Djedje continues, »Through Noémi, I was able to broaden my contacts here. It took time, but thankfully I had six months. I went to events, spoke to people, sent emails, returned to events, and began understanding the problems from a local point of view. And then, as we prepared the theatre piece, it took more time to find the suitable form: how to transform all this material into a performance? How would we combine so much historical detail with the investigation and the personal story? Why was I in Berlin? The challenge was that of point of view«.

He continues, »But we found a way, as there was a performative side that we developed with our excellent scenographer. We were able to reposition the form by considering it as much a ritual as an investigation. That permitted us to create a homage to the activists, a piece that did justice to the anticolonial struggles of different generations of African and Afro-descendant people, one  that allowed the audience to follow over my investigation over six months in the African Quarter«.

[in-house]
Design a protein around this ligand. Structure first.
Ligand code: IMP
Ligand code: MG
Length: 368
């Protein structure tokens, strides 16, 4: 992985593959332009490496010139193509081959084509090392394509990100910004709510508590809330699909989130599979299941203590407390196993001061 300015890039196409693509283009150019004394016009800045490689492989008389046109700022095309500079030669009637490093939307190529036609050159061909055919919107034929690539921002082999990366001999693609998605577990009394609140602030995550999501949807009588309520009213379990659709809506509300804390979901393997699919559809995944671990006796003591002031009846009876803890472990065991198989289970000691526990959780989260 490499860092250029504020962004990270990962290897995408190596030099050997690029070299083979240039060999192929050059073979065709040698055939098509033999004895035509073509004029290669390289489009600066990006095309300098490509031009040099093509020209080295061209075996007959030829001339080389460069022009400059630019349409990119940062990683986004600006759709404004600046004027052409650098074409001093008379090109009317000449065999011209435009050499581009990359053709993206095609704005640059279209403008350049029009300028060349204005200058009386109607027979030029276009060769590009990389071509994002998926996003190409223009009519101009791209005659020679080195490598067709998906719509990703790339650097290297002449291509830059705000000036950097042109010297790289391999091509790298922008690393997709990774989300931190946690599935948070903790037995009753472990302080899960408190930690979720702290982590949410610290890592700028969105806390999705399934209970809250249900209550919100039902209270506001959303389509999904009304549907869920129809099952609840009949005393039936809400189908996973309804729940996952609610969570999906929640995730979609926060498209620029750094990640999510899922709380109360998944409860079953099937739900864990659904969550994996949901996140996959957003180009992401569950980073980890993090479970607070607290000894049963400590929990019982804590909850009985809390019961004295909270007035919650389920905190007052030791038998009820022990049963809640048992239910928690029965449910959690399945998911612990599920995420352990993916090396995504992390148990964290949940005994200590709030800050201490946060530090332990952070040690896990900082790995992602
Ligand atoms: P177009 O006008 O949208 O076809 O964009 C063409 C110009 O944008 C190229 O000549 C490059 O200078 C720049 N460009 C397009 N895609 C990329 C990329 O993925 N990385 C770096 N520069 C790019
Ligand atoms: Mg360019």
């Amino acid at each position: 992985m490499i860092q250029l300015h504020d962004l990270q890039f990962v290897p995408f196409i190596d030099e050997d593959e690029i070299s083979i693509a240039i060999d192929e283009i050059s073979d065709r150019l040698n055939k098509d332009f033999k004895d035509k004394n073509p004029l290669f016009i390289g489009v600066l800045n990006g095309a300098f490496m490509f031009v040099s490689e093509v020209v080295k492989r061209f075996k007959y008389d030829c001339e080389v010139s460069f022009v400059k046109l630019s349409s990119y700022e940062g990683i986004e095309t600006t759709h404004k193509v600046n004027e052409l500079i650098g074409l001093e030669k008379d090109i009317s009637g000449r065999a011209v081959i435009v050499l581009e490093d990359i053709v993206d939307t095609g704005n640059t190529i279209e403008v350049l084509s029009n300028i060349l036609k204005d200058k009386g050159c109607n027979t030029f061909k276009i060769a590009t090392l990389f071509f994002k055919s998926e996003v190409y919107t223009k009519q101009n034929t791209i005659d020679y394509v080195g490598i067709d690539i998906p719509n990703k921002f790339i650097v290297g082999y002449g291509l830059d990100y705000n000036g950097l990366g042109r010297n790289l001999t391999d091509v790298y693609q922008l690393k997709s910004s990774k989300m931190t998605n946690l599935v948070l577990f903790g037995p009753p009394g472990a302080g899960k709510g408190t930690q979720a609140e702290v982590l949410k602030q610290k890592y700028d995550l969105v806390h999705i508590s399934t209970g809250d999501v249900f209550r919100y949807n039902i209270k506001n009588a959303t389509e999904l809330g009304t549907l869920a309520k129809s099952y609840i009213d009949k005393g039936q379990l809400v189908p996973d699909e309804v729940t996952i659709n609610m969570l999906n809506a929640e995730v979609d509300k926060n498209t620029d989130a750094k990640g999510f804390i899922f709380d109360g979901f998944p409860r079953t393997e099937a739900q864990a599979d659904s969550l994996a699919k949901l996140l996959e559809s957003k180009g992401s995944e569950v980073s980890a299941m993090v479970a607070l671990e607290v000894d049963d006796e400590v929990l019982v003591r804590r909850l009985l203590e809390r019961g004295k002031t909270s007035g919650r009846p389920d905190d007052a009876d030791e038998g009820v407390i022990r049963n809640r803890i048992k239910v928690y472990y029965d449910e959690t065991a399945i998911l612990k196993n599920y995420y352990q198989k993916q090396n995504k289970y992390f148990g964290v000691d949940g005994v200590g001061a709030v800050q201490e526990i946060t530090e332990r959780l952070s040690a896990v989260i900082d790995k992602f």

A series of interviews with activists, and those who touch more personally on Djedje’s life, such as his parents as African immigrants in France, became the backbone of the production. Recurrent themes needed, in Michel’s words, to be »sculpted« from the mass of material. Slowly, the team refined each theme to find a structure, and »together, we could begin to elaborate a narrative about German but also European activism for decolonisation, making strategies and discourses of past anticolonial figures resonate with those fighting today«.